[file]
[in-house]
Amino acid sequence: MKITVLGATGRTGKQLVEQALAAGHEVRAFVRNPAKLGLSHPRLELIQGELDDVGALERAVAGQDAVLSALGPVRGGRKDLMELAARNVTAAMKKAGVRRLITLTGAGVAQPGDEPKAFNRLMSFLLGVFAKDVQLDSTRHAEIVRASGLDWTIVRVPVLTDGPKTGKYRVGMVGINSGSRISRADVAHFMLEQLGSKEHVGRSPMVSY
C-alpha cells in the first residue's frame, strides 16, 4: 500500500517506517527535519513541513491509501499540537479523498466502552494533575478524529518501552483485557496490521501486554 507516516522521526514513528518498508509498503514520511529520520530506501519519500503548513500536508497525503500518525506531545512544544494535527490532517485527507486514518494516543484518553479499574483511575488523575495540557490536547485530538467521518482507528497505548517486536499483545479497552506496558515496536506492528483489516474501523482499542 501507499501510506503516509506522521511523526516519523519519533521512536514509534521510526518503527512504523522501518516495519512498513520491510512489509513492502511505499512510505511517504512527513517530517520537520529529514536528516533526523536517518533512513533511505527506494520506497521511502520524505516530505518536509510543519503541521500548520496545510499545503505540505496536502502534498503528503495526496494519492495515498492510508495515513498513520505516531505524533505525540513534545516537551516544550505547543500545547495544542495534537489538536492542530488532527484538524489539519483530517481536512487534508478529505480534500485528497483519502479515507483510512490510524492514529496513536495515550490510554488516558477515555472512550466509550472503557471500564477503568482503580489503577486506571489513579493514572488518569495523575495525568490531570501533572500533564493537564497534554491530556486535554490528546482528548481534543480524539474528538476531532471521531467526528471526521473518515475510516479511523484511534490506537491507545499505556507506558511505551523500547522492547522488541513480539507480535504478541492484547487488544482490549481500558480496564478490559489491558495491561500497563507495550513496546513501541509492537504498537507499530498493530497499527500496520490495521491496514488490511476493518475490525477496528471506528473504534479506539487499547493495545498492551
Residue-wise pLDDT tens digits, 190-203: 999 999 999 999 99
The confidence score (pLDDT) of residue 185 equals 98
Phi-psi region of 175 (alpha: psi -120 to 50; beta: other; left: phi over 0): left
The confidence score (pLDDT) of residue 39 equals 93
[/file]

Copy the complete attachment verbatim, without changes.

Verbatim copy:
[in-house]
Amino acid sequence: MKITVLGATGRTGKQLVEQALAAGHEVRAFVRNPAKLGLSHPRLELIQGELDDVGALERAVAGQDAVLSALGPVRGGRKDLMELAARNVTAAMKKAGVRRLITLTGAGVAQPGDEPKAFNRLMSFLLGVFAKDVQLDSTRHAEIVRASGLDWTIVRVPVLTDGPKTGKYRVGMVGINSGSRISRADVAHFMLEQLGSKEHVGRSPMVSY
C-alpha cells in the first residue's frame, strides 16, 4: 500500500517506517527535519513541513491509501499540537479523498466502552494533575478524529518501552483485557496490521501486554 507516516522521526514513528518498508509498503514520511529520520530506501519519500503548513500536508497525503500518525506531545512544544494535527490532517485527507486514518494516543484518553479499574483511575488523575495540557490536547485530538467521518482507528497505548517486536499483545479497552506496558515496536506492528483489516474501523482499542 501507499501510506503516509506522521511523526516519523519519533521512536514509534521510526518503527512504523522501518516495519512498513520491510512489509513492502511505499512510505511517504512527513517530517520537520529529514536528516533526523536517518533512513533511505527506494520506497521511502520524505516530505518536509510543519503541521500548520496545510499545503505540505496536502502534498503528503495526496494519492495515498492510508495515513498513520505516531505524533505525540513534545516537551516544550505547543500545547495544542495534537489538536492542530488532527484538524489539519483530517481536512487534508478529505480534500485528497483519502479515507483510512490510524492514529496513536495515550490510554488516558477515555472512550466509550472503557471500564477503568482503580489503577486506571489513579493514572488518569495523575495525568490531570501533572500533564493537564497534554491530556486535554490528546482528548481534543480524539474528538476531532471521531467526528471526521473518515475510516479511523484511534490506537491507545499505556507506558511505551523500547522492547522488541513480539507480535504478541492484547487488544482490549481500558480496564478490559489491558495491561500497563507495550513496546513501541509492537504498537507499530498493530497499527500496520490495521491496514488490511476493518475490525477496528471506528473504534479506539487499547493495545498492551
Residue-wise pLDDT tens digits, 190-203: 999 999 999 999 99
The confidence score (pLDDT) of residue 185 equals 98
Phi-psi region of 175 (alpha: psi -120 to 50; beta: other; left: phi over 0): left
The confidence score (pLDDT) of residue 39 equals 93